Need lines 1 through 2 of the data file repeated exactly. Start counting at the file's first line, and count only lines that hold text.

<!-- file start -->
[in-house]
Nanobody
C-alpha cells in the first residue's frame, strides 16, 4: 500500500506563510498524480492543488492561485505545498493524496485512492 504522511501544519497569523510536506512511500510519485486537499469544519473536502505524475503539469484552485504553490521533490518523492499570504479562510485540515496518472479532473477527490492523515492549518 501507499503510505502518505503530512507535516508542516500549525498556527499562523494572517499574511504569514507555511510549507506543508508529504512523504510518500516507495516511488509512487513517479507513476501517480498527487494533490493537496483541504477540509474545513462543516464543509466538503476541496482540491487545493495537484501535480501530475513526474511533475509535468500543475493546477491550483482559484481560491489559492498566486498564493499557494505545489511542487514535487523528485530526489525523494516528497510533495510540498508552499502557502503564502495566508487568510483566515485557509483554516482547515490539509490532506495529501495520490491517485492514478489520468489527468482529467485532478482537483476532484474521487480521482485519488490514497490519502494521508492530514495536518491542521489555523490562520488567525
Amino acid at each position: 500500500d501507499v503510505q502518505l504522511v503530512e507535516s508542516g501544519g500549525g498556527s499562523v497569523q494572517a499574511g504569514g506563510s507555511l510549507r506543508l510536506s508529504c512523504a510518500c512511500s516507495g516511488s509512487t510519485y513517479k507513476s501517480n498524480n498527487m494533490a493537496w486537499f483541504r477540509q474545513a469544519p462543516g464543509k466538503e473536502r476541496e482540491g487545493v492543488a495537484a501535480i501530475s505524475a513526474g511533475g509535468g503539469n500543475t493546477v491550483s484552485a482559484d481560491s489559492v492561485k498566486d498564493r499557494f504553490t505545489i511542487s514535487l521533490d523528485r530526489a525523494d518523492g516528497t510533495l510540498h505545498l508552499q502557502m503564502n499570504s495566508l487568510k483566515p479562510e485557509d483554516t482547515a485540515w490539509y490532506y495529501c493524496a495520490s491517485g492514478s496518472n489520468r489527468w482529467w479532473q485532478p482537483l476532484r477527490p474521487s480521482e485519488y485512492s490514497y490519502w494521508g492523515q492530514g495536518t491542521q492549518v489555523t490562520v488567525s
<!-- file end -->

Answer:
[in-house]
Nanobody